Before Stephen Frears began shooting Philomena he insisted his two leads, Dame Judi Dench and Steve Coogan, watch Frank Capra's 1934 multiple Oscar winner It Happened One Night.

View Comments
Dame Judi Dench and Steve Coogan. Picture: Supplied

Philomena (M)
5 stars
Judi Dench, Steve Coogan
DIRECTOR STEPHEN FREARS
REVIEW MARK NAGLAZAS

Before Stephen Frears began shooting Philomena he insisted his two leads, Dame Judi Dench and Steve Coogan, watch Frank Capra's 1934 multiple Oscar winner It Happened One Night.

At first glance this would seem a curious choice, if not one that's downright inappropriate and tasteless.

What does the wrenching real-life story an Irish nurse who spent decades searching for the son forcibly taken from her by nuns and given up for adoption have to do with a 30s screwball comedy about a dizzy runaway heiress (Claudette Colbert) who, while on the road, falls in love with Clark Cable's roguish, out-of-work reporter?

But once the story gets out of first gear and Philomena (Dench) hooks up with the British journalist Martin Sixsmith (Coogan) you grasp why Frears (The Queen), one of the canniest, most controlled directors working today, reached back over the decades to a rom-com classic for inspiration.

Instead of shovelling on the misery, as would be expected from yet another story about the abuses of the Catholic Church, Frears and his writers Coogan and Jeff Pope negotiate a path between horror and humour - between an unflinching depiction of the cruelty endured by unwed mothers during unenlightened times and celebration of a woman's capacity to endure and to flourish.

Indeed, in watching this oddest of couples thrown together in a search for Philomena's long-lost son - she a lover of romantic potboilers, bad movies and all-you-can-eat smorgasbords, he an Oxford- educated Russian specialist and wine snob - I laughed more heartily than during many so- called comedies released in the past and shed more genuine tears than most dramas carefully calibrated to make us reach for the tissues.

Philomena, in other words, is a wonderful example of classical storytelling. It is beautifully balanced, non-manipulative and its catharsis is as well earned (and, yes, it is a kind of romantic comedy but with evil nuns).

When the film opens Sixsmith, like Gable's Peter Wearne in It Happened One Night, is unemployed and desperate. He's been dismissed from a high-level communications role with the Tony Blair government and anxious to kickstart his career in journalism.

However, what Martin isn't about to do is take on the story of an elderly woman searching for the son whom the nuns in a convent in Roscrea in County Tipperary in the early 1950s forced to give up for adoption. "I don't do human interest stories," he sneers to Philomena's daughter when she approaches him at a swanky cocktail party.

However, after meeting Philomena and being persuaded to visit the convent-cum-workhouse where the unwed youngster had given birth Martin sniffs out a good story, another woeful tale of mistreatment and corruption by the Church, which at this time was coming under assault for its failure to act on sexual abuse.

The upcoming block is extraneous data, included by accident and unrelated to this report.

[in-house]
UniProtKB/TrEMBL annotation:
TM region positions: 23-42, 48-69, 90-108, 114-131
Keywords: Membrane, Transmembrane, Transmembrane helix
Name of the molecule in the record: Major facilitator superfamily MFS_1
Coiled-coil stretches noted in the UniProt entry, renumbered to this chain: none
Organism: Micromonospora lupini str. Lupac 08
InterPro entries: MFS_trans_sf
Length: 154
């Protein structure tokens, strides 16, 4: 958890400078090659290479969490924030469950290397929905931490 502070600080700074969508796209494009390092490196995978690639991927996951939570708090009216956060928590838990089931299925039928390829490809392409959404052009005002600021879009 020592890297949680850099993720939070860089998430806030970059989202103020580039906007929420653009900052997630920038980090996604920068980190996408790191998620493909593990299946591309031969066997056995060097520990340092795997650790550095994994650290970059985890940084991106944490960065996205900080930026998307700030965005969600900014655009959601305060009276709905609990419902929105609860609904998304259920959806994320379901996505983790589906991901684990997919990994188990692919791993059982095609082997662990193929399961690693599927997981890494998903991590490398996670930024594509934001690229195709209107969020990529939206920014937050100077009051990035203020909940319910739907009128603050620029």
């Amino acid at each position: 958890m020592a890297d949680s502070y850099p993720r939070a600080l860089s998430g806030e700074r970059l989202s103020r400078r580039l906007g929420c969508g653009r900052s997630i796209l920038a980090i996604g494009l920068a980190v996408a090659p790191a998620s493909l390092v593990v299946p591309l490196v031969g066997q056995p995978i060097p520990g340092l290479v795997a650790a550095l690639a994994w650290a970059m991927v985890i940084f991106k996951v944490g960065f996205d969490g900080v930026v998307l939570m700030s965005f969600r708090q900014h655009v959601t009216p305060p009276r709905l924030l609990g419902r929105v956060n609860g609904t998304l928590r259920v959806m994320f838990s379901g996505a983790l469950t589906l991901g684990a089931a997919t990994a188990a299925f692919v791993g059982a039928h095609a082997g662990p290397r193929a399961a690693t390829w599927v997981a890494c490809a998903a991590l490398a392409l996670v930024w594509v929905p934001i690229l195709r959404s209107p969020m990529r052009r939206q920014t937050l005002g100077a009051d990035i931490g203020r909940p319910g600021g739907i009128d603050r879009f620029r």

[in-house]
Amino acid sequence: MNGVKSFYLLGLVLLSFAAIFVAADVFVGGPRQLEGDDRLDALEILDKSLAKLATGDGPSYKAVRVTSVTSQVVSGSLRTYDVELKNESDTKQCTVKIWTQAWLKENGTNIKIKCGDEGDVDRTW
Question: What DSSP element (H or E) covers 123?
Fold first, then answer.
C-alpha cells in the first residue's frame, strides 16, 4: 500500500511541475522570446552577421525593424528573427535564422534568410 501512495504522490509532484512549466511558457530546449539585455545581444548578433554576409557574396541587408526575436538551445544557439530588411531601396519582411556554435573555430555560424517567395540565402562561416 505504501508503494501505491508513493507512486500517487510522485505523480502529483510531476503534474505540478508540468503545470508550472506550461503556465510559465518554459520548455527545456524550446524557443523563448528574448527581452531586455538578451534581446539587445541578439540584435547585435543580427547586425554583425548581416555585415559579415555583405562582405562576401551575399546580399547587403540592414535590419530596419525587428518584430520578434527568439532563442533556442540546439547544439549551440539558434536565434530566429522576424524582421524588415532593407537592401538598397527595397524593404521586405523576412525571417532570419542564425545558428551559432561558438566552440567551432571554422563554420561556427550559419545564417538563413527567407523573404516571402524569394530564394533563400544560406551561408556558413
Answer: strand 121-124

Even though records of what happened to the children were destroyed in a fire (but not the convent, observes the increasingly aggravated Sixsmith), Martin is commissioned to take Philomena to the US, where they learn the boy was taken.

The story is only getting under way at this point. However, I don't want to reveal any more because this is one of those movies in which the less you know the more you will enjoy it because the mind-boggling twists and turns are not shallow, showy storytelling tricks but go to the very heart of the movie's meaning.

The film's other journey involves the two protagonists crossing a cultural divide as wide as Philomena's beautiful smile, with the cynical, hard-nosed journalist and hater of the Catholic Church gradually coming to appreciate the earthy intelligence of this uneducated woman who refuses to shake her fist at God.

More riveting is the struggle of Philomena to accede to Martin's pressure to tell her story (for career reasons, initially, but later for justice and for closure).

At first Philomena is driven by maternal instinct to connect with her child and to find out if he had a good life. However, as they move closer to uncovering the mystery Philomena is racked by conflicting emotions, such as the need for privacy and why the boy made no attempt to see his mother or embrace his heritage.

Again, none of this gets maudlin, melodramatic or self-important. As they move their story toward its heartbreaking conclusion Coogan and co-writer Pope work up some beautiful comic moments, beginning with Philomena constantly challenging Martin with her down-to-earth good cheer, wry observations and above-her-status use of language (her reference to gay men as "bi-curious" is a delight).

Funnyman Coogan steps up several notches as an actor - what a stunning year he's had, with What Maisie Knew, The Look of Love and the recent Alan Partridge: Alpha Papa - but Philomena belongs to the great Dench, who has never been more alive on the screen or more nuanced. Her Philomena is one of the year's most complex, memorable characters.

Indeed, Dench so thoroughly inhabits Philomena and infuses her with such dignity and good humour in the face of misery that she becomes a symbol of motherhood for the ages, an ordinary woman elevated by the power of love.

Philomena belongs to the great Dench, who has never been more alive on the screen or more nuanced.